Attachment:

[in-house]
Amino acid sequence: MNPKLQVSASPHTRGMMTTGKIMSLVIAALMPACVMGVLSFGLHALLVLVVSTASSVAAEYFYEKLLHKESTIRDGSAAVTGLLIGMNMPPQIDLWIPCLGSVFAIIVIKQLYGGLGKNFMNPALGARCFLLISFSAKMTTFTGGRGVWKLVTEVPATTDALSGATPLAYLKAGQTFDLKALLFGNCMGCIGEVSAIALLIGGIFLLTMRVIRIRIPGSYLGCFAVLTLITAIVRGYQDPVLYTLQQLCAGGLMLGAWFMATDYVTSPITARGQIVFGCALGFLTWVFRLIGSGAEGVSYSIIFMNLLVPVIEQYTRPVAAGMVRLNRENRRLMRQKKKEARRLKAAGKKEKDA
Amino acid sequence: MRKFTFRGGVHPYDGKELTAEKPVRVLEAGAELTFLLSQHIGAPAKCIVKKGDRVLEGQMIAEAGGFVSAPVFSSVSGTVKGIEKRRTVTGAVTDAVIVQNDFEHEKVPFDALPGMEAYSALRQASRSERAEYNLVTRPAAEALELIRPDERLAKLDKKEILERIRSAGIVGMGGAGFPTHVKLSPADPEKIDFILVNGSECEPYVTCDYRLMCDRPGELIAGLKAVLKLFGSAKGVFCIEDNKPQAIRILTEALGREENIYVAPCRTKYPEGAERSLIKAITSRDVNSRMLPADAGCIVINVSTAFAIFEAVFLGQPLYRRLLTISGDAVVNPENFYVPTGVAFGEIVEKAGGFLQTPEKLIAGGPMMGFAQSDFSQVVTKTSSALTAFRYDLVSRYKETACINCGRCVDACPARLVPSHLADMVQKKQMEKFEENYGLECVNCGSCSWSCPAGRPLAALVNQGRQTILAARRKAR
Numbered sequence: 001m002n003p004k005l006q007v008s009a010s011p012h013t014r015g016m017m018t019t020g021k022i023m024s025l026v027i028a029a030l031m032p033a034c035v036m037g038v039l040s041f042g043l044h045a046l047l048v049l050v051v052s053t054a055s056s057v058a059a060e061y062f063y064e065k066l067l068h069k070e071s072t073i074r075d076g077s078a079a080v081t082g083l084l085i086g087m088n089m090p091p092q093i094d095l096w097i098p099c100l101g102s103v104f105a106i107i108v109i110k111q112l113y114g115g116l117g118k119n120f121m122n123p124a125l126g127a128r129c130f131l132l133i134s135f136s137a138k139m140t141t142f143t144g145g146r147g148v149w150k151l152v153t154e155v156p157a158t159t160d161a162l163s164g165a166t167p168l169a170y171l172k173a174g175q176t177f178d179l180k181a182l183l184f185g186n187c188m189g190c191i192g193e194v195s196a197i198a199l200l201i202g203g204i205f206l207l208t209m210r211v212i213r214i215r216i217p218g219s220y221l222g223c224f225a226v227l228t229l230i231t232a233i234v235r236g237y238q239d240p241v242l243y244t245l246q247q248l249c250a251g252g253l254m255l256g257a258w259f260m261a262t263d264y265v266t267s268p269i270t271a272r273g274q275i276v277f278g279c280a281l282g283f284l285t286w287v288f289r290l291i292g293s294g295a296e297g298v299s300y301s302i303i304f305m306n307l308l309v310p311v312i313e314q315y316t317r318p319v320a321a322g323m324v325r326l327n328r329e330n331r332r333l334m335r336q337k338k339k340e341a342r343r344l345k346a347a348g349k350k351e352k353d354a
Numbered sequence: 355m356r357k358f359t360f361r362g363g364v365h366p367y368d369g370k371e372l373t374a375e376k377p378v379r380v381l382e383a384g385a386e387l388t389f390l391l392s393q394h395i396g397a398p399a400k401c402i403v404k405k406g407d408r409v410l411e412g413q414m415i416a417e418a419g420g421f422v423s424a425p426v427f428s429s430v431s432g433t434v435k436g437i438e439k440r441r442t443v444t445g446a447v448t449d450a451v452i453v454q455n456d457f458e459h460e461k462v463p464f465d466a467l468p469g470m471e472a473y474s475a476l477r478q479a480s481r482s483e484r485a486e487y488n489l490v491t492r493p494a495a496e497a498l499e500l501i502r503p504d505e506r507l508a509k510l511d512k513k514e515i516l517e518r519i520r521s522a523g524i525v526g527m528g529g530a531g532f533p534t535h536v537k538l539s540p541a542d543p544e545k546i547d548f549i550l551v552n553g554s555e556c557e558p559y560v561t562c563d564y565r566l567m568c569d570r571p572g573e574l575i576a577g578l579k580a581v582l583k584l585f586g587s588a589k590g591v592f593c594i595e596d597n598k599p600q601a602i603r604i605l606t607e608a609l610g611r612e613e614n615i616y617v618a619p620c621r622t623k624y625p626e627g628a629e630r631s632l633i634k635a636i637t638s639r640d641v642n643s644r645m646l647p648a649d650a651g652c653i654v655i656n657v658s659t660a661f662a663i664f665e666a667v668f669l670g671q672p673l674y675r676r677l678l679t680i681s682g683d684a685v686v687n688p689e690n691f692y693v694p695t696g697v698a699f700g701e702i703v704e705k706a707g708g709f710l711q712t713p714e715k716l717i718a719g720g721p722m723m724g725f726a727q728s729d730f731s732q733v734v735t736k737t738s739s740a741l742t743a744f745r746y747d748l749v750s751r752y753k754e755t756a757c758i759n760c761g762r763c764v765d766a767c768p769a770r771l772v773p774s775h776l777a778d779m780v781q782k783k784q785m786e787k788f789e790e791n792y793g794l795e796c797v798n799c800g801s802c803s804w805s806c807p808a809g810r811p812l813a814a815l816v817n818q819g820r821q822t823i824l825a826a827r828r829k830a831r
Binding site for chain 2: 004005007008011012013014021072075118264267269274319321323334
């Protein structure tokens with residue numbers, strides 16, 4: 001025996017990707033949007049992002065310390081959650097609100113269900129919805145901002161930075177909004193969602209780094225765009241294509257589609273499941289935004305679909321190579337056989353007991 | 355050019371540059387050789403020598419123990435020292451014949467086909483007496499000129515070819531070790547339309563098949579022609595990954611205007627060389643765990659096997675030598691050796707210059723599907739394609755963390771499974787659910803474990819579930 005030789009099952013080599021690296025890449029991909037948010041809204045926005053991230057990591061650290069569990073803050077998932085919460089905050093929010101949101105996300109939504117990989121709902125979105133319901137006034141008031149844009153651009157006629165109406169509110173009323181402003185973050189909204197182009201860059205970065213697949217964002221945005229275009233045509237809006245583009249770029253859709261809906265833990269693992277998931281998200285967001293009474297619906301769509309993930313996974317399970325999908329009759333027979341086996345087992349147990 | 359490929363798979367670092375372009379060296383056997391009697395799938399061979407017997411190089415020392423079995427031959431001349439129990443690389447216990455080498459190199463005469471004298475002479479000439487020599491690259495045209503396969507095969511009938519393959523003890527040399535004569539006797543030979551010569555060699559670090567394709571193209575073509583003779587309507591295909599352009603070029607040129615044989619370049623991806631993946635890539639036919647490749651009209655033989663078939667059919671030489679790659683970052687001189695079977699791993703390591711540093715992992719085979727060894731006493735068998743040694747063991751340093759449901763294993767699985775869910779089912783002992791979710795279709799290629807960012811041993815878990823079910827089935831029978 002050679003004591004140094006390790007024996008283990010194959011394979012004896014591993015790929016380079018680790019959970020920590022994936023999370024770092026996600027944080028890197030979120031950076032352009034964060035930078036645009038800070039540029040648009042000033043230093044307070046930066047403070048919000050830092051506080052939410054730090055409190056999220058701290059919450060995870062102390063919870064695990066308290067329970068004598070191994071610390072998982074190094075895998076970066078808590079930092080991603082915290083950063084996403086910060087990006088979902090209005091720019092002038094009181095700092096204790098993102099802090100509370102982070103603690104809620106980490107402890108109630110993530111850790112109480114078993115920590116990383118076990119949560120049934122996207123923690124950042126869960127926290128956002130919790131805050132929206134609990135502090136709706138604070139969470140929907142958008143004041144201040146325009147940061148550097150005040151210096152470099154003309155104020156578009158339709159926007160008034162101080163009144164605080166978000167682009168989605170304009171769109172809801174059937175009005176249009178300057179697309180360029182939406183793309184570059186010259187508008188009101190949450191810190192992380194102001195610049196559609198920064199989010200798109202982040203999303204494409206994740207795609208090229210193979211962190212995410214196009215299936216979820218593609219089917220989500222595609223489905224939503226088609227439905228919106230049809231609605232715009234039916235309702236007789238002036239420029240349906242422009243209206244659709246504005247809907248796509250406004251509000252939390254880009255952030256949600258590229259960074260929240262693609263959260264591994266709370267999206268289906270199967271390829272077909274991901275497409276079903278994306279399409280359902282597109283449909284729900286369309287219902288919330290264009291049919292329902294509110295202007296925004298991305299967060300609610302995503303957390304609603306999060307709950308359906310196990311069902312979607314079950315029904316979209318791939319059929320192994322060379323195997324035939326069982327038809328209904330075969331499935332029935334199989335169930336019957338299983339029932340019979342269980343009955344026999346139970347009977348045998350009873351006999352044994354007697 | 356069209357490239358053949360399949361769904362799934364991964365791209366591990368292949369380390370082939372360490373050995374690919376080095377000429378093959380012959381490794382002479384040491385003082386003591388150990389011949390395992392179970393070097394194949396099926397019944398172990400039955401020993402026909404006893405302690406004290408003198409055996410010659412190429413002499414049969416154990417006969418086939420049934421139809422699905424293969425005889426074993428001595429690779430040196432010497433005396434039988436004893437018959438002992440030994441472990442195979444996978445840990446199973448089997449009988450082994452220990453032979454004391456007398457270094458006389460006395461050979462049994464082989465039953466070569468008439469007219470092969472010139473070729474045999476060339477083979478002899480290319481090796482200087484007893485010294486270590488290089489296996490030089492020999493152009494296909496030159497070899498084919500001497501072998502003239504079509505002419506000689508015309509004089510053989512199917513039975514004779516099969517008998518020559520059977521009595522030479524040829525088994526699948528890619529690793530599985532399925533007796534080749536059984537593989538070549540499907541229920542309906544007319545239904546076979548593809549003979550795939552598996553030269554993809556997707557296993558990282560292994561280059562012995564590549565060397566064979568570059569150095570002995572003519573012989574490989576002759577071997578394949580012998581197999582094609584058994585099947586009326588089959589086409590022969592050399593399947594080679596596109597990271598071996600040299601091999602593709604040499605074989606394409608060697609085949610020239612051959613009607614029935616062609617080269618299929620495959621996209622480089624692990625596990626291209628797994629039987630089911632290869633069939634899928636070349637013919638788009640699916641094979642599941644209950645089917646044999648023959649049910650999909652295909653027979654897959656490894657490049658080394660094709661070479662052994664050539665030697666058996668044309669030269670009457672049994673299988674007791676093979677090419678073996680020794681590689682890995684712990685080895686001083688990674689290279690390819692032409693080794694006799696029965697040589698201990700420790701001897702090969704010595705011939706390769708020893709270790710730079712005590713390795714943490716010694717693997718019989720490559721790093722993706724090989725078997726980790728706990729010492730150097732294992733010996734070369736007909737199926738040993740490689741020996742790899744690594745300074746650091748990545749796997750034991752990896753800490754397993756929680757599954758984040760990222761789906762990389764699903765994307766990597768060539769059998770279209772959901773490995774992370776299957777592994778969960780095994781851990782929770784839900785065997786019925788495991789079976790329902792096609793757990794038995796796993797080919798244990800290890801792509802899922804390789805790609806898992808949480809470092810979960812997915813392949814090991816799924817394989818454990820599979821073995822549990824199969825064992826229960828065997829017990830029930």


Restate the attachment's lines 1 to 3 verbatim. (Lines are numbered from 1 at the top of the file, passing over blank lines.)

[in-house]
Amino acid sequence: MNPKLQVSASPHTRGMMTTGKIMSLVIAALMPACVMGVLSFGLHALLVLVVSTASSVAAEYFYEKLLHKESTIRDGSAAVTGLLIGMNMPPQIDLWIPCLGSVFAIIVIKQLYGGLGKNFMNPALGARCFLLISFSAKMTTFTGGRGVWKLVTEVPATTDALSGATPLAYLKAGQTFDLKALLFGNCMGCIGEVSAIALLIGGIFLLTMRVIRIRIPGSYLGCFAVLTLITAIVRGYQDPVLYTLQQLCAGGLMLGAWFMATDYVTSPITARGQIVFGCALGFLTWVFRLIGSGAEGVSYSIIFMNLLVPVIEQYTRPVAAGMVRLNRENRRLMRQKKKEARRLKAAGKKEKDA
Amino acid sequence: MRKFTFRGGVHPYDGKELTAEKPVRVLEAGAELTFLLSQHIGAPAKCIVKKGDRVLEGQMIAEAGGFVSAPVFSSVSGTVKGIEKRRTVTGAVTDAVIVQNDFEHEKVPFDALPGMEAYSALRQASRSERAEYNLVTRPAAEALELIRPDERLAKLDKKEILERIRSAGIVGMGGAGFPTHVKLSPADPEKIDFILVNGSECEPYVTCDYRLMCDRPGELIAGLKAVLKLFGSAKGVFCIEDNKPQAIRILTEALGREENIYVAPCRTKYPEGAERSLIKAITSRDVNSRMLPADAGCIVINVSTAFAIFEAVFLGQPLYRRLLTISGDAVVNPENFYVPTGVAFGEIVEKAGGFLQTPEKLIAGGPMMGFAQSDFSQVVTKTSSALTAFRYDLVSRYKETACINCGRCVDACPARLVPSHLADMVQKKQMEKFEENYGLECVNCGSCSWSCPAGRPLAALVNQGRQTILAARRKAR